This post is a week later than I had hoped. I have been in a food coma, having survived seven of the eight days of Chanukah, which ends at sundown tomorrow night. Forget the holiday dessert swap, the candy canes, the champagne. The biggest diet wrecker this time of year is the “minor” Jewish holiday of Chanukah.
The Christian household may be adorned with luscious green wreaths and holiday icicle lights. At Chanukah time, the Jewish household has a curl of oniony smoke emanating from the chimney.
The holiday celebrates that a band of fighters called the Maccabees, sturdy men—all of whom were doubtless too short for their weight—defeated a large Syrian army to reclaim the Jewish Temple. In the temple, they found a jug of oil, with enough fuel to light the ritual lamp for one day. But miracle of miracles, the oil lasted eight days, and this without Calphalon non-stick pans. For this reason, Chanukah is also called the Festival of Lights. Note that it is not, under any circumstances, to be considered the Festival of “Lite.”
To celebrate the miracle of survival, we eat everything fried in oil. The most common food we eat is called “latkes,” which is Yiddish for “28-point-globs-of-fried, grated-potatoes-and-onions-that-make-your-hair-smell-like-Church’s-Fried-Chicken.” Ha, ha, ha, it’s not a joke. Eight latkes are 28 points. That’s a lot of pilates.
There are ways to make the latkes “lite.” You could bake them on a searing, oil-coated baking sheet or in individual muffin tins. (“That doesn’t count!” my kids screamed, when I said I wanted to try it this year.) You could replace some of the potatoes with zucchini and carrots, which makes them very flavorful and adds vitamins, not to mention some nice Christmas color. My sister made low-fat apple “latkes,” which were basically like baked apples, held together with a touch of flour. They were a delicious dessert, but certainly no substitute for the genuine latke. Or you can just go ahead and celebrate the real, greasy, onion-y, luscious thing, like I did, and resolve to walk 280 minutes at a moderate pace before the next weigh-in.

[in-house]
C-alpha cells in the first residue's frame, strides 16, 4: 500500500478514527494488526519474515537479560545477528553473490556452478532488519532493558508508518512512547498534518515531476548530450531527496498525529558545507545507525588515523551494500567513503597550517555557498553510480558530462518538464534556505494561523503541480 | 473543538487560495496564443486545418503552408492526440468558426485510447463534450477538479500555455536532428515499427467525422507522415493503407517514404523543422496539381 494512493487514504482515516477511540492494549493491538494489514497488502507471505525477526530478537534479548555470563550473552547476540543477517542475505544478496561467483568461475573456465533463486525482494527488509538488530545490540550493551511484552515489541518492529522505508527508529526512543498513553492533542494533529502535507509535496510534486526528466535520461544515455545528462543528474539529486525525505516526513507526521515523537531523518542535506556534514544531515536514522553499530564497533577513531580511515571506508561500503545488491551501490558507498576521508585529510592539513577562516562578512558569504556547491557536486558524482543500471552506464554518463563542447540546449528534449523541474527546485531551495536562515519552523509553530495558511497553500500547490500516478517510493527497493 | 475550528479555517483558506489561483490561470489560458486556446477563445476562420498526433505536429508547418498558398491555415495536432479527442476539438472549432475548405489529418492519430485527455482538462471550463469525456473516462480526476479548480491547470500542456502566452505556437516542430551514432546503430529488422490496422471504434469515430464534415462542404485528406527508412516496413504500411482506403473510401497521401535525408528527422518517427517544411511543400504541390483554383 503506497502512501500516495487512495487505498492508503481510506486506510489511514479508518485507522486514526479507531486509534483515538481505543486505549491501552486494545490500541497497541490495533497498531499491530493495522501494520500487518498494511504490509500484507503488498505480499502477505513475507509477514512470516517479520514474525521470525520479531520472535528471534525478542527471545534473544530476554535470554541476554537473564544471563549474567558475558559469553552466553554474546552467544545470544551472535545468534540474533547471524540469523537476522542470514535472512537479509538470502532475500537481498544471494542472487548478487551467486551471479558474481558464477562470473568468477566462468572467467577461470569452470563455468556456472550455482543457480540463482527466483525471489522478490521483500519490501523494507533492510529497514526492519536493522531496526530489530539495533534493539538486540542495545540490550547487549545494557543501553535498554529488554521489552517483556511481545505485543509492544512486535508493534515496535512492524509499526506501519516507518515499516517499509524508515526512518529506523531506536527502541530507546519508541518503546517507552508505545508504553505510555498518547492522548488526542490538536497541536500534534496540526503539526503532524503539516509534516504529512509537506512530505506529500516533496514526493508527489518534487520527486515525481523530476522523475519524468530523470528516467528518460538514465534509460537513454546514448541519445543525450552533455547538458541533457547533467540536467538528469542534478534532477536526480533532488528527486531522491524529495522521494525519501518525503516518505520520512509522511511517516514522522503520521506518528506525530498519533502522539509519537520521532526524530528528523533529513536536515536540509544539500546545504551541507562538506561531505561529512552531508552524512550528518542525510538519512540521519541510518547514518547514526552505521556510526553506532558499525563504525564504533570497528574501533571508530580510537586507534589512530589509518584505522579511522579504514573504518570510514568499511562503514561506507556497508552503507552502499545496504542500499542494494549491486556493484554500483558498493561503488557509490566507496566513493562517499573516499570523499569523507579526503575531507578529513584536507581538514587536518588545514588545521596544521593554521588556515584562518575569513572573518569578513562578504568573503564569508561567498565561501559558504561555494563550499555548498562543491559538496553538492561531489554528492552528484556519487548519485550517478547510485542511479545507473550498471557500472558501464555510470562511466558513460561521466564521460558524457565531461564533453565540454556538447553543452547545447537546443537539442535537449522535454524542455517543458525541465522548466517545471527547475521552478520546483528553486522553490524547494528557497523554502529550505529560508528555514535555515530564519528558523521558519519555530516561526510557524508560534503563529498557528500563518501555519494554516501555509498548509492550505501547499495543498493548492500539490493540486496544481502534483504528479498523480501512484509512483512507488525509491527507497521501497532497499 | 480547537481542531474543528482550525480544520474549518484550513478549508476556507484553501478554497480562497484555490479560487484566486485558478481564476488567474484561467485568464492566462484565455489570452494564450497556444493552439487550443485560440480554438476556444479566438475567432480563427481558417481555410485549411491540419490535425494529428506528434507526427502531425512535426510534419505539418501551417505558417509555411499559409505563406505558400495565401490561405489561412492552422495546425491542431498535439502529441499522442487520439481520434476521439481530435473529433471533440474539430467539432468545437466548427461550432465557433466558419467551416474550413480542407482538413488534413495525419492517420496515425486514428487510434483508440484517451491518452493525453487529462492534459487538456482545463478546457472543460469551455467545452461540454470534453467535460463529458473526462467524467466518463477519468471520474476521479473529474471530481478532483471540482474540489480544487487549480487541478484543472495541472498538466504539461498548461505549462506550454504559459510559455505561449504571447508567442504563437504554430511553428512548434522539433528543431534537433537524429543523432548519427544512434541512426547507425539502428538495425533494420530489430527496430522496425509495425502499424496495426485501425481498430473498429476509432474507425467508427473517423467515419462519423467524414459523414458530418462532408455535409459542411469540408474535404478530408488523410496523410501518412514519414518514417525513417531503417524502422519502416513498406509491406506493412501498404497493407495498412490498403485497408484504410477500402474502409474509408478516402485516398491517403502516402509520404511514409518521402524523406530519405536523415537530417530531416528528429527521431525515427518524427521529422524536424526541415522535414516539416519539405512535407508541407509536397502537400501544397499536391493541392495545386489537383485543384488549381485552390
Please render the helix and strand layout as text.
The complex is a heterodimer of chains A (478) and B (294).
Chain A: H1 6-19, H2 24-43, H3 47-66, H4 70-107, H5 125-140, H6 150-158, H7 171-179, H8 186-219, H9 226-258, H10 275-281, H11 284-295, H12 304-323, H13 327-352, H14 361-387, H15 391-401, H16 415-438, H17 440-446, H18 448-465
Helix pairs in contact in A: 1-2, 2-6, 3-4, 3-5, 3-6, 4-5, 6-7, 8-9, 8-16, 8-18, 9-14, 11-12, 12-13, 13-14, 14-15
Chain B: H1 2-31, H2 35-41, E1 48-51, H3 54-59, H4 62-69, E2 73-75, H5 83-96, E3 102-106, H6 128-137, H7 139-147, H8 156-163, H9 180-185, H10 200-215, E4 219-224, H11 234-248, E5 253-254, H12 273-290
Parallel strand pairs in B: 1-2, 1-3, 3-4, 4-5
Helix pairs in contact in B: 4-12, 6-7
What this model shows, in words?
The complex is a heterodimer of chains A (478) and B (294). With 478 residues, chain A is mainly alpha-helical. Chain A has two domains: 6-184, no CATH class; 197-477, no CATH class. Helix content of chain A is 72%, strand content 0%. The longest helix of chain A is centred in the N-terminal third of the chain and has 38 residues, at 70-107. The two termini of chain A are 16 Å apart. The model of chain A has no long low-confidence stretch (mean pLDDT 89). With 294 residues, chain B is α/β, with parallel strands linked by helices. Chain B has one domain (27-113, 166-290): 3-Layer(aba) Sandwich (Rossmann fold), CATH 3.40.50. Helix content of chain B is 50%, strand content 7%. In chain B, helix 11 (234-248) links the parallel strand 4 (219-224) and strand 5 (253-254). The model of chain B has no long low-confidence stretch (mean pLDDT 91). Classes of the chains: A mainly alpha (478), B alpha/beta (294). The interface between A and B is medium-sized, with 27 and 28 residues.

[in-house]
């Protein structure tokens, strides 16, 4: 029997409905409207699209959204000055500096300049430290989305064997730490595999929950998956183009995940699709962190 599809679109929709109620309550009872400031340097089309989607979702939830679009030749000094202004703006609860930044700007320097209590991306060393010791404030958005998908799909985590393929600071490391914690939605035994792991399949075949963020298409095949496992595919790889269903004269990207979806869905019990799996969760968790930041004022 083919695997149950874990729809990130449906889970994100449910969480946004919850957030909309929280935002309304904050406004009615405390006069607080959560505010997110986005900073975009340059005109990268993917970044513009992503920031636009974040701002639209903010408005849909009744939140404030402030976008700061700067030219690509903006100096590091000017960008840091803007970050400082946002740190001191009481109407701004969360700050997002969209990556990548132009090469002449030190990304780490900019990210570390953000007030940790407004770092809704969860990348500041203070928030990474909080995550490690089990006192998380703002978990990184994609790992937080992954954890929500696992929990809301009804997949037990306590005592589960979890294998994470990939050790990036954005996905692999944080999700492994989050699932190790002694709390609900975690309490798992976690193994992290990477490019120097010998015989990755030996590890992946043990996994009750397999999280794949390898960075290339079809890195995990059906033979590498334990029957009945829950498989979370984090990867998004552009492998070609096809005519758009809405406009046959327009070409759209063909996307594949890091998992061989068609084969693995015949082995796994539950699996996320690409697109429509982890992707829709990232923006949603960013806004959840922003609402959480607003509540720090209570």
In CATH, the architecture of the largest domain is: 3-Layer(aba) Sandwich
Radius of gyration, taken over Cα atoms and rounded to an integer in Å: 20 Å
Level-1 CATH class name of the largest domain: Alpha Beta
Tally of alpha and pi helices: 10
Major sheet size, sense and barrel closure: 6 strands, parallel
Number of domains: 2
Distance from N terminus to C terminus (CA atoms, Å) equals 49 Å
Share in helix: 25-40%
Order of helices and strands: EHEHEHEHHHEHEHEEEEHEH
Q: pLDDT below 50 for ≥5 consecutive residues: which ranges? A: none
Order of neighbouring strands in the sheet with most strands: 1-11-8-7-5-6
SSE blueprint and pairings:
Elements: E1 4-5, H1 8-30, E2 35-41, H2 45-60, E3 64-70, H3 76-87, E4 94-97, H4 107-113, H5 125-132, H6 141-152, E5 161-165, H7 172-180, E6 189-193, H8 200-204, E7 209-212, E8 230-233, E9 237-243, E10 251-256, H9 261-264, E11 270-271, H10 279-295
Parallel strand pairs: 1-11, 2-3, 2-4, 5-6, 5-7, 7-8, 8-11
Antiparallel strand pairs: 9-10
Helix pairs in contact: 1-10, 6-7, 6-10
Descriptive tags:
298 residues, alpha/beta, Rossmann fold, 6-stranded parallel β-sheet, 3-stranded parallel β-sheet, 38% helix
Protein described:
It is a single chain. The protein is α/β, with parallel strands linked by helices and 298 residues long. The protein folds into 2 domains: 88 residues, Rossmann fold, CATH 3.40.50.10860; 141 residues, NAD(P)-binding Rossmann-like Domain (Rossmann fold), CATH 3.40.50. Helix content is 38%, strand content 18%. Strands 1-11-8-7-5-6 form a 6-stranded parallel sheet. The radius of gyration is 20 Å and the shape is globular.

If you’re in the neighborhood, you’ll see me out there in my track suit, no doubt with a pack of animals trailing the wonderful latke scent that has seeped into my skin, hair, and clothing.
Psst. Here’s my favorite recipe:
4 large potatoes
1 large onion
2 tablespoons matzo meal
1 egg, beaten
1 teaspoon salt
1/2 teaspoon pepper
Wash and peel potatoes and onions. Cut into large chunks and grate by hand or with a food processor.
Drain the grated potato-onion mixture over a pot or bowl, reserving the potato starch/water. The key to crispy latkes is to make sure all the water is drained.
Press down on the mixture every five minutes to hasten the draining process, repeating until the mixture no longer squishes.
Place the potato-onion mixture in a mixing bowl, and blend in the matzo meal, egg, salt and pepper.
Carefully, pour the liquid out of the bowl/pot with the potato water, reserving the thick, starchy paste (potato starch). Scrape this paste out of the bowl and add to the potato-onion-egg mixture, blending well.
Heat 1/2 inch depth of oil in a skillet. Use about 2 rounded tablespoons of potato mixture for each pancake. Drop into skillet and flatten with spatula. Fry pancakes about ten minutes total, turning once. The pancakes should be golden brown.